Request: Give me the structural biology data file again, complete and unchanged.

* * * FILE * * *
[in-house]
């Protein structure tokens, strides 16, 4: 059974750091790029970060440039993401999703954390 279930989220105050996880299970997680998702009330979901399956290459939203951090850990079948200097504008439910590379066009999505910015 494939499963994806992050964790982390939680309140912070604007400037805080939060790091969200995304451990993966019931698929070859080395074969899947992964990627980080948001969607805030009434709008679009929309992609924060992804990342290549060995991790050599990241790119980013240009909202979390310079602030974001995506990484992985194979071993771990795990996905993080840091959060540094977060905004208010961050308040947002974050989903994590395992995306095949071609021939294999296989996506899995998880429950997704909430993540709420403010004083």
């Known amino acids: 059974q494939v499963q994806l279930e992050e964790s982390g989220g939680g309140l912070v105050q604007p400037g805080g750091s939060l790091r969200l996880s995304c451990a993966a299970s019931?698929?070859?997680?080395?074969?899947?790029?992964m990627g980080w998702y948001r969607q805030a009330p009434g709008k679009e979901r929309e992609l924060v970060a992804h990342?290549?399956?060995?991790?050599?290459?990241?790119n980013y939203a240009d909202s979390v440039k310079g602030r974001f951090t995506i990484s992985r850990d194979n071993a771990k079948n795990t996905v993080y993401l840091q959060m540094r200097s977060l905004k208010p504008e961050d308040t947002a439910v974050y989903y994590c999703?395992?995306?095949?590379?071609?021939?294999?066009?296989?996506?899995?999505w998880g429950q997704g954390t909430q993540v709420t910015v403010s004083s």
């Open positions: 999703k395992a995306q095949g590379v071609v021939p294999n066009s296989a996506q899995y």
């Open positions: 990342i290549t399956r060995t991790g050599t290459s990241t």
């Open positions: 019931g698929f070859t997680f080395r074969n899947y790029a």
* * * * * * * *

[in-house]
């Protein structure tokens, strides 16, 4: 059974750091790029970060440039993401999703954390 279930989220105050996880299970997680998702009330979901399956290459939203951090850990079948200097504008439910590379066009999505910015 494939499963994806992050964790982390939680309140912070604007400037805080939060790091969200995304451990993966019931698929070859080395074969899947992964990627980080948001969607805030009434709008679009929309992609924060992804990342290549060995991790050599990241790119980013240009909202979390310079602030974001995506990484992985194979071993771990795990996905993080840091959060540094977060905004208010961050308040947002974050989903994590395992995306095949071609021939294999296989996506899995998880429950997704909430993540709420403010004083």
């Known amino acids: 059974q494939v499963q994806l279930e992050e964790s982390g989220g939680g309140l912070v105050q604007p400037g805080g750091s939060l790091r969200l996880s995304c451990a993966a299970s019931?698929?070859?997680?080395?074969?899947?790029?992964m990627g980080w998702y948001r969607q805030a009330p009434g709008k679009e979901r929309e992609l924060v970060a992804h990342?290549?399956?060995?991790?050599?290459?990241?790119n980013y939203a240009d909202s979390v440039k310079g602030r974001f951090t995506i990484s992985r850990d194979n071993a771990k079948n795990t996905v993080y993401l840091q959060m540094r200097s977060l905004k208010p504008e961050d308040t947002a439910v974050y989903y994590c999703?395992?995306?095949?590379?071609?021939?294999?066009?296989?996506?899995?999505w998880g429950q997704g954390t909430q993540v709420t910015v403010s004083s």
């Open positions: 999703k395992a995306q095949g590379v071609v021939p294999n066009s296989a996506q899995y």
């Open positions: 990342i290549t399956r060995t991790g050599t290459s990241t």
């Open positions: 019931g698929f070859t997680f080395r074969n899947y790029a």